Optimization and clinical feasibility of free-breathing diffusion-weighted imaging of the liver: Comparison with respiratory-triggered diffusion-weighted imaging

Yukihisa Takayama, Akihiro Nishie, Yoshiki Asayama, Kousei Ishigami, Daisuke Kakihara, Yasuhiro Ushijima, Nobuhiro Fujita, Takashi Yoshiura, Atsushi Takemura, Makoto Obara, Taro Takahara, Hiroshi Honda

研究成果: ジャーナルへの寄稿記事

6 引用 (Scopus)

抄録

Purpose: We compared the image quality of free-breathing diffusion-weighted imaging (FB-DWI) to that of respiratory-triggered DWI (RT-DWI) after proper optimization. Materials and Methods: Three healthy subjects were scanned to optimize magnetic resonance (MR) parameters of FB-DWI to improve image quality, including spatial resolution, image noise, and chemical shift artifacts. After this optimization, we scanned 32 patients with liver disease to assess the clinical feasibility of the optimized FB-DWI. Of the 32 patients, 14 had a total of 28 hepatocellular carcinomas (HCCs), four had a total of 15 metastatic liver tumors, and the other 14 had no tumor. Qualitatively, we compared the image quality scores of FB-DWI with those of RT-DWI with the Wilcoxon signed-rank test. Quantitatively, we compared the signal-to-noise ratios (SNRs) of the liver parenchyma, lesion-to-nonlesion contrast-to-noise ratios (CNRs) and apparent diffusion coefficient (ADC) values of the liver parenchyma and liver tumor by the paired t-test. Results: The average scores of image quality for sharpness of liver contour, image noise, and chemical shift artifacts were significantly higher for FB-DWI than RT-DWI (P < 0.05). SNRs, CNRs, and ADC values of the liver parenchyma and tumors did not differ significantly between the 2 DWI methods. Conclusion: Compared with RT-DWI, the optimized FB-DWI provided better spatial resolution, fewer artifacts, and comparable SNRs, lesion-to-nonlesion CNRs, and ADC values.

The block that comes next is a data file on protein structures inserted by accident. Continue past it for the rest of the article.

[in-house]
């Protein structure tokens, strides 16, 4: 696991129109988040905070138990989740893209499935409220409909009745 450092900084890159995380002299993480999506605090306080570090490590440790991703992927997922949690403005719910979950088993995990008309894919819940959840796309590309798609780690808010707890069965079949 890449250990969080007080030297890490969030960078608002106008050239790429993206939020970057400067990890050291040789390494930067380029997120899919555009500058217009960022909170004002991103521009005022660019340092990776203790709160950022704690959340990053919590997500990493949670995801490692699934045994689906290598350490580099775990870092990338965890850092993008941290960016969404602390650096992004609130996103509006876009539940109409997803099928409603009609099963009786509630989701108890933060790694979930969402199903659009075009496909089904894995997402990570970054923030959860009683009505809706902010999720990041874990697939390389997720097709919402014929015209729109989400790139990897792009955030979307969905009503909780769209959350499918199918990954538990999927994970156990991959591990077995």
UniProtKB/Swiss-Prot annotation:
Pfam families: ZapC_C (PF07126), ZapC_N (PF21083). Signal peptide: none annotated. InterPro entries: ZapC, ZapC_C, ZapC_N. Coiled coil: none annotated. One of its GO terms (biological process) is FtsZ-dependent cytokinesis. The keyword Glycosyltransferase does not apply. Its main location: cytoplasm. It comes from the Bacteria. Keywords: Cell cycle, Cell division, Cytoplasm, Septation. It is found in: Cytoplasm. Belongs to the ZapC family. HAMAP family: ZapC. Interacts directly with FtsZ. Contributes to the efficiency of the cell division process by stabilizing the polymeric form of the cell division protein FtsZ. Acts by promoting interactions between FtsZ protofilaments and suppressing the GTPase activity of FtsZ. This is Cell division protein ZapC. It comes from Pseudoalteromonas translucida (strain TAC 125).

元の言語英語
ページ(範囲)123-132
ページ数10
ジャーナルMagnetic Resonance in Medical Sciences
14
発行部数2
DOI
出版物ステータス出版済み - 1 1 2015

Fingerprint

Respiration
Liver
Signal-To-Noise Ratio
Artifacts
Noise
Neoplasms
Nonparametric Statistics
Liver Diseases
Hepatocellular Carcinoma
Healthy Volunteers
Magnetic Resonance Spectroscopy

All Science Journal Classification (ASJC) codes

  • Radiology Nuclear Medicine and imaging

これを引用

Optimization and clinical feasibility of free-breathing diffusion-weighted imaging of the liver : Comparison with respiratory-triggered diffusion-weighted imaging. / Takayama, Yukihisa; Nishie, Akihiro; Asayama, Yoshiki; Ishigami, Kousei; Kakihara, Daisuke; Ushijima, Yasuhiro; Fujita, Nobuhiro; Yoshiura, Takashi; Takemura, Atsushi; Obara, Makoto; Takahara, Taro; Honda, Hiroshi.

:: Magnetic Resonance in Medical Sciences, 巻 14, 番号 2, 01.01.2015, p. 123-132.

研究成果: ジャーナルへの寄稿記事

Takayama, Yukihisa ; Nishie, Akihiro ; Asayama, Yoshiki ; Ishigami, Kousei ; Kakihara, Daisuke ; Ushijima, Yasuhiro ; Fujita, Nobuhiro ; Yoshiura, Takashi ; Takemura, Atsushi ; Obara, Makoto ; Takahara, Taro ; Honda, Hiroshi. / Optimization and clinical feasibility of free-breathing diffusion-weighted imaging of the liver : Comparison with respiratory-triggered diffusion-weighted imaging. :: Magnetic Resonance in Medical Sciences. 2015 ; 巻 14, 番号 2. pp. 123-132.